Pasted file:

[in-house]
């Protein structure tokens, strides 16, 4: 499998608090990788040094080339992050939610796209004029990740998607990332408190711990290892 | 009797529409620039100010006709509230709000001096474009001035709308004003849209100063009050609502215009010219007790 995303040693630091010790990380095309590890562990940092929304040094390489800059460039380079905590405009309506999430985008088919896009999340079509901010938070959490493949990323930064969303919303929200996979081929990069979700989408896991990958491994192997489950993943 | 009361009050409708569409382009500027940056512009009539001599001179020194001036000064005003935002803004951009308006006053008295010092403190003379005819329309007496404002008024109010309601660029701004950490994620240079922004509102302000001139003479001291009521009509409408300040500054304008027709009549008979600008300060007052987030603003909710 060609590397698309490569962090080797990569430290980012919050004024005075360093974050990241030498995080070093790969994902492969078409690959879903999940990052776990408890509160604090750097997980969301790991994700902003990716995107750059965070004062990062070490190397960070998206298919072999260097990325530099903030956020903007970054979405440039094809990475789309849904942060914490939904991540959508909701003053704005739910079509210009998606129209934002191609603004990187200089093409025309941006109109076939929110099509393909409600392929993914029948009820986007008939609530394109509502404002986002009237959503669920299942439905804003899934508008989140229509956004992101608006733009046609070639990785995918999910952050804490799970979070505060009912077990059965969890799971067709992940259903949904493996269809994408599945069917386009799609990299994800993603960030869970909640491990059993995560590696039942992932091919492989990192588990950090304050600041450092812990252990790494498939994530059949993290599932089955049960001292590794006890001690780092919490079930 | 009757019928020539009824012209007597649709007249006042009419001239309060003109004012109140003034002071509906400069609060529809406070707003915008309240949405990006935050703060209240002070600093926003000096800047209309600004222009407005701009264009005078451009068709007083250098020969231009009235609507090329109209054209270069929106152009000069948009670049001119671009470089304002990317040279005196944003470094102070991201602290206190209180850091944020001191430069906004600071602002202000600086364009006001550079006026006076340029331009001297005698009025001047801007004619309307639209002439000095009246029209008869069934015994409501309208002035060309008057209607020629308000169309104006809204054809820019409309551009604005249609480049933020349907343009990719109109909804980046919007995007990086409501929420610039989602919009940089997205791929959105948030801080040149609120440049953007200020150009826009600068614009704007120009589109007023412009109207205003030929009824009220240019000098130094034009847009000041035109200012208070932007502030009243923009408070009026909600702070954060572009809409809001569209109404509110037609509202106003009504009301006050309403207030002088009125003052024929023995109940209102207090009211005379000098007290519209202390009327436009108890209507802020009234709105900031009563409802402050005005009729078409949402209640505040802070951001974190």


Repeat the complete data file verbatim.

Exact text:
[in-house]
């Protein structure tokens, strides 16, 4: 499998608090990788040094080339992050939610796209004029990740998607990332408190711990290892 | 009797529409620039100010006709509230709000001096474009001035709308004003849209100063009050609502215009010219007790 995303040693630091010790990380095309590890562990940092929304040094390489800059460039380079905590405009309506999430985008088919896009999340079509901010938070959490493949990323930064969303919303929200996979081929990069979700989408896991990958491994192997489950993943 | 009361009050409708569409382009500027940056512009009539001599001179020194001036000064005003935002803004951009308006006053008295010092403190003379005819329309007496404002008024109010309601660029701004950490994620240079922004509102302000001139003479001291009521009509409408300040500054304008027709009549008979600008300060007052987030603003909710 060609590397698309490569962090080797990569430290980012919050004024005075360093974050990241030498995080070093790969994902492969078409690959879903999940990052776990408890509160604090750097997980969301790991994700902003990716995107750059965070004062990062070490190397960070998206298919072999260097990325530099903030956020903007970054979405440039094809990475789309849904942060914490939904991540959508909701003053704005739910079509210009998606129209934002191609603004990187200089093409025309941006109109076939929110099509393909409600392929993914029948009820986007008939609530394109509502404002986002009237959503669920299942439905804003899934508008989140229509956004992101608006733009046609070639990785995918999910952050804490799970979070505060009912077990059965969890799971067709992940259903949904493996269809994408599945069917386009799609990299994800993603960030869970909640491990059993995560590696039942992932091919492989990192588990950090304050600041450092812990252990790494498939994530059949993290599932089955049960001292590794006890001690780092919490079930 | 009757019928020539009824012209007597649709007249006042009419001239309060003109004012109140003034002071509906400069609060529809406070707003915008309240949405990006935050703060209240002070600093926003000096800047209309600004222009407005701009264009005078451009068709007083250098020969231009009235609507090329109209054209270069929106152009000069948009670049001119671009470089304002990317040279005196944003470094102070991201602290206190209180850091944020001191430069906004600071602002202000600086364009006001550079006026006076340029331009001297005698009025001047801007004619309307639209002439000095009246029209008869069934015994409501309208002035060309008057209607020629308000169309104006809204054809820019409309551009604005249609480049933020349907343009990719109109909804980046919007995007990086409501929420610039989602919009940089997205791929959105948030801080040149609120440049953007200020150009826009600068614009704007120009589109007023412009109207205003030929009824009220240019000098130094034009847009000041035109200012208070932007502030009243923009408070009026909600702070954060572009809409809001569209109404509110037609509202106003009504009301006050309403207030002088009125003052024929023995109940209102207090009211005379000098007290519209202390009327436009108890209507802020009234709105900031009563409802402050005005009729078409949402209640505040802070951001974190």